Among the impressive array of information, knowledge and understanding about Torah and Mitzvos that children from our families and Yeshivas have absorbed at a relatively young age, there is one glaring weak spot. Contained in this week’s Parsha is the relatively obscure negative commandment of Lo Sonu (Vayikra 25:17), which Rashi tells us is referring to Onoas Devarim, hurting someone with words.
This prohibition includes insulting someone, calling someone by a less than flattering nickname, deliberately giving bad advice, speak disparagingly of his past or his ancestors, in short – any words or gestures that will make the other person feel bad. It’s a bit hard to understand why Onoas Devarim is not as much a part of our children’s (and our) lexicon as Loshon Hara, Tznius or Shmiras Shabbos but that is currently the case, at least until we do something about it!
Onoas Devarim is a critically important term, because it identifies the essence of what is so emotionally harmful about the type of peer aggression known as `relational aggression’. The old adage of “sticks and stones can hurt my bones, but words will never hurt me” is absolutely false. The image of a bully as a menacing, hulking juvenile delinquent out to beat up a skinny, wimpy kid does not help us realize the many forms bullying can take. Amongst our children, bullying more often takes on more subtle forms, especially through words and gestures that can be devastating to a child.
The Pasuk of Lo Sonu includes an interesting `addendum’. The Pasuk says V’Lo Sonu Ish es Amiso, V’Yoraisa MaiElokecha, Ki Ani Hashem Elokeichem. Rashi explains that when it comes to anything about which a person can hide his true intentions from others, the Torah makes sure to tell us that you need to realize you can’t conceal anything from Hashem. He is well aware of what is really in your heart. Hashem is giving a stern admonition – don’t try to cover up your hurtful intentions and make believe you meant well, or were `just joking’ or didn’t know the other person would take offense from your comments.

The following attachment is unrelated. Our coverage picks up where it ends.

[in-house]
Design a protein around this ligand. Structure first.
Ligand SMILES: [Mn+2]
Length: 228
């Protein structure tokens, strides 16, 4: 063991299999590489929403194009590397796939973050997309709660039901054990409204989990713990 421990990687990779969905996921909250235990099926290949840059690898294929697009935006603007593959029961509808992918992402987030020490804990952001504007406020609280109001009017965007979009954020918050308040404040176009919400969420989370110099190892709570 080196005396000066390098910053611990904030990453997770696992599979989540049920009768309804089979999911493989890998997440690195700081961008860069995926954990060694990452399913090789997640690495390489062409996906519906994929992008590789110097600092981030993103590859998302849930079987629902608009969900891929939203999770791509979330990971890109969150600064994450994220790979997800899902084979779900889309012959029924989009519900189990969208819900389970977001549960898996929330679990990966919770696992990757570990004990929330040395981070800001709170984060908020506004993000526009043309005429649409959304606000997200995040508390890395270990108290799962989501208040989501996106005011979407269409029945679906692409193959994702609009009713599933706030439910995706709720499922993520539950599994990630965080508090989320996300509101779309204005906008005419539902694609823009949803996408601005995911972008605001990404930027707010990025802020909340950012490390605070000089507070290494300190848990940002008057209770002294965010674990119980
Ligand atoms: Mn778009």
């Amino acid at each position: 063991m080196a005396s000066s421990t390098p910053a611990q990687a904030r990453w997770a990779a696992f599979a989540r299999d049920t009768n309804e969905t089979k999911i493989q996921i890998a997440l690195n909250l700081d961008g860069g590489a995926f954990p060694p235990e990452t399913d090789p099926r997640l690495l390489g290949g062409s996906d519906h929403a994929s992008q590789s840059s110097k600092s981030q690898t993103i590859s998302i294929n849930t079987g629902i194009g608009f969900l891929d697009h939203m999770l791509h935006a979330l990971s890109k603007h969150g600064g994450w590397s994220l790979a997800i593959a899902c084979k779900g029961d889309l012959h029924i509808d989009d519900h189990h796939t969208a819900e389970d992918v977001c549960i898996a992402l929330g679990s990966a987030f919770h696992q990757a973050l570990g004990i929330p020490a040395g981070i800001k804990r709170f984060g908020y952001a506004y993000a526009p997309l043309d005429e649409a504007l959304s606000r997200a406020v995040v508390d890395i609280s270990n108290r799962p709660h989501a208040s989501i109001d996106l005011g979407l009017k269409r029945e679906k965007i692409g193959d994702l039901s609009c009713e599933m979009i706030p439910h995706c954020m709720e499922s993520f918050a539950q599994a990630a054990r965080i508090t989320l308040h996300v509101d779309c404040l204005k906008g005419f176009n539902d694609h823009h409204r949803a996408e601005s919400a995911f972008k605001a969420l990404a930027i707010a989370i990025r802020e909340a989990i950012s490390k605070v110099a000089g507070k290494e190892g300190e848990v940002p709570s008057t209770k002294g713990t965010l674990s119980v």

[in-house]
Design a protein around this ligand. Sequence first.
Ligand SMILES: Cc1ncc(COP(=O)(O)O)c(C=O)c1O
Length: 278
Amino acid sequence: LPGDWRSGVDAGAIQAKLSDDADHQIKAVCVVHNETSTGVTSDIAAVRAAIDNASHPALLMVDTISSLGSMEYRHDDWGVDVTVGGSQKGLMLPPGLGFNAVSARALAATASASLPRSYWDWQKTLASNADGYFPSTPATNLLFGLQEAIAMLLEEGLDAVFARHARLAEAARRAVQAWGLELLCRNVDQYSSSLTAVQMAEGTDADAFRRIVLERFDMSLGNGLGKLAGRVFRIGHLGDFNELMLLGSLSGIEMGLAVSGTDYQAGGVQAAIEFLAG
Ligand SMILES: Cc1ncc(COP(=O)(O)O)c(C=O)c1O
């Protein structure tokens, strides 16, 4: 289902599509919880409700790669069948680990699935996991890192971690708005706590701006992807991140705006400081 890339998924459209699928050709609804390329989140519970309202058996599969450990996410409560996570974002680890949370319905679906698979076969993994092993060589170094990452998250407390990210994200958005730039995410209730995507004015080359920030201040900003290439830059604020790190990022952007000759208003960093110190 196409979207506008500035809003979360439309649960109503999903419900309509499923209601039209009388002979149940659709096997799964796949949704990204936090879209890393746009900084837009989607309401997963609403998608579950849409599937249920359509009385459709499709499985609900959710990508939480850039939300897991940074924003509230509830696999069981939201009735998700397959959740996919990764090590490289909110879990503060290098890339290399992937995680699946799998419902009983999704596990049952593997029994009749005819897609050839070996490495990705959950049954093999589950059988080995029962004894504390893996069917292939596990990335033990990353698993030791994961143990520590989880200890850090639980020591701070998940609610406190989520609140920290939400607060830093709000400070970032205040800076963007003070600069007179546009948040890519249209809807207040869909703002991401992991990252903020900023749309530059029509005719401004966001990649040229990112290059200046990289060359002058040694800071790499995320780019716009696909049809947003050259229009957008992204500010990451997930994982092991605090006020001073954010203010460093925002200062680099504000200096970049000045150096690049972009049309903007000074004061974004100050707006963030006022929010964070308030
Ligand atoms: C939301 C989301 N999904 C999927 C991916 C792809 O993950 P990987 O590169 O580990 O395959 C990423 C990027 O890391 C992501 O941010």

Perhaps in addition to the negative connotation that you’d better not do it because Hashem will punish you, the Torah is appealing to the nobility within us. Our awareness that Hashem knows our every thought and intention should imbue us with a great feeling of self-worth. My words and even my thoughts are so important that Hashem Himself is aware of them and cares about them. As we mentioned several weeks back – the most effective block to poor behavior is an elevated feeling of self-worth. If I’m such an important being, how can I stoop so low as to bring pain to another of Hashem’s creations?
Our children need to imbibe this lesson! Most (but by no means all) children who lash out at others are feeling low about themselves and need consciously or subconsciously, to raise him or herself up by knocking down the other. By helping our children realize how truly exalted they are, whose thoughts are of concern to Hashem Himself, we’ll help them fulfill the Mitzvah of refraining from Onoas Devarim and set them upon the path to a happy and more satisfying life.
Best wishes for an upbeat, positively enjoyable Shabbos,
Rabbi Kalman Baumann